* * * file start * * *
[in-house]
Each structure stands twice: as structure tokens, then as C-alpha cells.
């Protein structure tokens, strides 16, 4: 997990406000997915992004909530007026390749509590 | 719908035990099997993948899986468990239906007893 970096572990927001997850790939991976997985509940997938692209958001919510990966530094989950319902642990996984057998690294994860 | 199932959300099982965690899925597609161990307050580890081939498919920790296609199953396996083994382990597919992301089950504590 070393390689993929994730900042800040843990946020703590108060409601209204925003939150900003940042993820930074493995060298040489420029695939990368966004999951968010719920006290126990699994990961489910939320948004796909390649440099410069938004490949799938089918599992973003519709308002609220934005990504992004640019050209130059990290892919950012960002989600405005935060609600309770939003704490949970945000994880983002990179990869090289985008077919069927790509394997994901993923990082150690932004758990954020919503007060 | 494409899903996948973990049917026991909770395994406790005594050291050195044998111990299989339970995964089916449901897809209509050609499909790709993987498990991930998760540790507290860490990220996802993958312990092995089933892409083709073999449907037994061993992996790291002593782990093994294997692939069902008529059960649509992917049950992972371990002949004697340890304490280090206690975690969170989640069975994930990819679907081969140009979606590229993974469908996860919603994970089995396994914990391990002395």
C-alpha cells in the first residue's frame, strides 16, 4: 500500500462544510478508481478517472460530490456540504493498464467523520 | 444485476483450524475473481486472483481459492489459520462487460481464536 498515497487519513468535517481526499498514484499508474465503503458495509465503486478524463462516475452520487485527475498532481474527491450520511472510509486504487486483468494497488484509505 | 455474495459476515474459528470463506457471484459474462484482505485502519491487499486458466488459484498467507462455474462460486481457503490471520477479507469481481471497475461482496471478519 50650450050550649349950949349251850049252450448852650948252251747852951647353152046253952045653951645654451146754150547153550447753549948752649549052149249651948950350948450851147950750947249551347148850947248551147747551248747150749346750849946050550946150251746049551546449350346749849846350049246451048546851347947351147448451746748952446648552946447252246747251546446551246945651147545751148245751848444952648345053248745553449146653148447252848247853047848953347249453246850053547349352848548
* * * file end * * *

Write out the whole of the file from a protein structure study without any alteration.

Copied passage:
[in-house]
Each structure stands twice: as structure tokens, then as C-alpha cells.
């Protein structure tokens, strides 16, 4: 997990406000997915992004909530007026390749509590 | 719908035990099997993948899986468990239906007893 970096572990927001997850790939991976997985509940997938692209958001919510990966530094989950319902642990996984057998690294994860 | 199932959300099982965690899925597609161990307050580890081939498919920790296609199953396996083994382990597919992301089950504590 070393390689993929994730900042800040843990946020703590108060409601209204925003939150900003940042993820930074493995060298040489420029695939990368966004999951968010719920006290126990699994990961489910939320948004796909390649440099410069938004490949799938089918599992973003519709308002609220934005990504992004640019050209130059990290892919950012960002989600405005935060609600309770939003704490949970945000994880983002990179990869090289985008077919069927790509394997994901993923990082150690932004758990954020919503007060 | 494409899903996948973990049917026991909770395994406790005594050291050195044998111990299989339970995964089916449901897809209509050609499909790709993987498990991930998760540790507290860490990220996802993958312990092995089933892409083709073999449907037994061993992996790291002593782990093994294997692939069902008529059960649509992917049950992972371990002949004697340890304490280090206690975690969170989640069975994930990819679907081969140009979606590229993974469908996860919603994970089995396994914990391990002395």
C-alpha cells in the first residue's frame, strides 16, 4: 500500500462544510478508481478517472460530490456540504493498464467523520 | 444485476483450524475473481486472483481459492489459520462487460481464536 498515497487519513468535517481526499498514484499508474465503503458495509465503486478524463462516475452520487485527475498532481474527491450520511472510509486504487486483468494497488484509505 | 455474495459476515474459528470463506457471484459474462484482505485502519491487499486458466488459484498467507462455474462460486481457503490471520477479507469481481471497475461482496471478519 50650450050550649349950949349251850049252450448852650948252251747852951647353152046253952045653951645654451146754150547153550447753549948752649549052149249651948950350948450851147950750947249551347148850947248551147747551248747150749346750849946050550946150251746049551546449350346749849846350049246451048546851347947351147448451746748952446648552946447252246747251546446551246945651147545751148245751848444952648345053248745553449146653148447252848247853047848953347249453246850053547349352848548